What is arguably New Zealand's largest natural threat - a major active fault capable of generating a magnitude 8.5 earthquake - is about to be probed in a sprawling international project.

A "megathrust" earthquake on the Hikurangi Subduction Zone could hold dire consequences for New Zealand, potentially triggering a large tsunami, widespread shaking, coastal uplift, landslides and liquefaction.

Such a "megathrust" earthquake - of the massive scale that triggered the 2011 Japanese and 2004 Boxing Day tsunamis - could release 2000 times more energy than the 2011 Christchurch earthquake that killed 185 people.

If a Japanese-style quake of the same magnitude were to hit central New Zealand, thousands of people could be killed and tens of billions of dollars lost.

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Scientists recently uncovered evidence to show that two large events had hit New Zealand in the past 1000 years, confirming the risk posed by a threat more powerful and potentially destructive than normal quakes.

But there was much more to learn about the Hikurangi subduction zone, which runs along the East Coast where the Pacific and Australian tectonic plates collide.

A collaboration bringing together top researchers from across New Zealand, the UK and the US was expected to answer many of the burning questions surrounding the system - including what set it apart from other large subduction zones.

Niwa's research ship Tangaroa would lower 100 specially made Ocean Bottom Seismometers on loan from Japan, to the seafloor in a grid pattern running from off Wairarapa north to east of Ruatoria.

Adding to the array would be more than 200 land-based seismic instruments across the Raukumara Peninsula.

Scientists Dan Bassett, Dan Barker, and Katie Jacobs, all of GNS Science, with some of the recording instruments that will be placed on the seafloor off the East Coast. Photo / Margaret Low
Scientists Dan Bassett, Dan Barker, and Katie Jacobs, all of GNS Science, with some of the recording instruments that will be placed on the seafloor off the East Coast. Photo / Margaret Low

Together, these sensors would record echoes from within the Earth, picked up from naturally occurring earthquakes and acoustic signals generated by a US research ship, Marcus Langseth, positioned off the East Coast.

This would allow the researchers to create cat-scan-like images revealing the structure of the Earth's crust around the boundary, down to a depth of about 30km.

In most places, the images would be two-dimensional, appearing like slices through the Earth, but a more intensive survey area northeast of Gisborne would yield 3D images of the plate boundary collision zone.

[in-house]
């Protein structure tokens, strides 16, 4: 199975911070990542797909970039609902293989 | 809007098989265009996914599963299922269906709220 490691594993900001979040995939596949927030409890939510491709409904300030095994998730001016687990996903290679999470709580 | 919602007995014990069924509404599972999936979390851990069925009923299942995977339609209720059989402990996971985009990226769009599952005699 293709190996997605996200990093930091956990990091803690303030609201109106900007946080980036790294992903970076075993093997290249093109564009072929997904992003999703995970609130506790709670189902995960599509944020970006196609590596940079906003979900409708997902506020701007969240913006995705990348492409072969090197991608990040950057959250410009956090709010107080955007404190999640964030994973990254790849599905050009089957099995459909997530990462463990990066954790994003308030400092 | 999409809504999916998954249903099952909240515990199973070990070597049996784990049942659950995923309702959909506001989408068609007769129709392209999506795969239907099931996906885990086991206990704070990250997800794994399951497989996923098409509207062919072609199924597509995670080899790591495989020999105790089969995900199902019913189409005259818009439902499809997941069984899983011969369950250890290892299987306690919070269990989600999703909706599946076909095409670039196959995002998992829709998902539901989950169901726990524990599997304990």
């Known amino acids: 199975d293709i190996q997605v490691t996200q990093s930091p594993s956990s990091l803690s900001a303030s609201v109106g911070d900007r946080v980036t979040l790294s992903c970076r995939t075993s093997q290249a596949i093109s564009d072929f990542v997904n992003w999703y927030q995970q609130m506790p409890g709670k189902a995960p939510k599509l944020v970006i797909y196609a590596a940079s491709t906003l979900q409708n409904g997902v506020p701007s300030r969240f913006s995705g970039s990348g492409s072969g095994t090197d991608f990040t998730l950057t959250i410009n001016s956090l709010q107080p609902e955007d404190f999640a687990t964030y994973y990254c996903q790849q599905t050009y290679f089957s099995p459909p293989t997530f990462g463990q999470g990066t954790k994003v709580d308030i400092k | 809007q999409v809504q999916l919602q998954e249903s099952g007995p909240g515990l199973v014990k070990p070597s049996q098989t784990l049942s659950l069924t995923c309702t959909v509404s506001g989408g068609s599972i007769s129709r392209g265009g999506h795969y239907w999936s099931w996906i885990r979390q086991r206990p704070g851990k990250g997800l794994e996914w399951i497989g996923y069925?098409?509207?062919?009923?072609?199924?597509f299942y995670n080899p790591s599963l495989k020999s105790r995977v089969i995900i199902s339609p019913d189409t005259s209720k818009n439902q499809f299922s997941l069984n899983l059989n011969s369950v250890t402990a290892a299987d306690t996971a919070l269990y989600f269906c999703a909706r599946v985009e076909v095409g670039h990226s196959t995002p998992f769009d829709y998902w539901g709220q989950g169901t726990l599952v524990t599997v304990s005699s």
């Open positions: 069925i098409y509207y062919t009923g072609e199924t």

Scientists from four countries are working together to produce the most detailed subsurface images yet of the Hikurangi Subduction Zone. Image / GNS Science
Scientists from four countries are working together to produce the most detailed subsurface images yet of the Hikurangi Subduction Zone. Image / GNS Science

These would give away the exact position of the two tectonic plates - and help determine the physical properties of the various rock layers making up the subduction zone.

The nature of the rock material on the grinding surface of each plate affected how the two plates moved past each other.

Using this information, scientists could learn more about how the plates are locked together at numerous points along the subduction zone.

That data would ultimately boost understanding of why different areas of the plate boundary behaved so differently.

Some parts of the plate interface slid past each other every year or so in slow earthquakes, while other parts appeared to be stuck fast and building up energy for a future large earthquake.

"A better understanding of what causes the marked differences in tectonic behaviour on this plate boundary will help New Zealand government agencies in their efforts to reduce the danger posed by earthquakes and tsunami in this area," said lead US investigator Dr Harm Van Avendonk, of the University of Texas.

"What makes subduction zones rupture in huge, tsunami-generating earthquakes is one of the most pressing questions facing Earth scientists today."

New Zealand project leader Dr Stuart Henrys, of GNS Science, said the more intensive study zone northeast of Gisborne was an exciting prospect, as it should provide the best images yet, anywhere in the world, of a zone where slow-motion earthquakes were known to occur repeatedly.

Scientists regarded the area off East Coast as the best place in the world to study and understand the phenomenon of slow-motion earthquakes, as it was closer to shore and shallower than other subduction zones.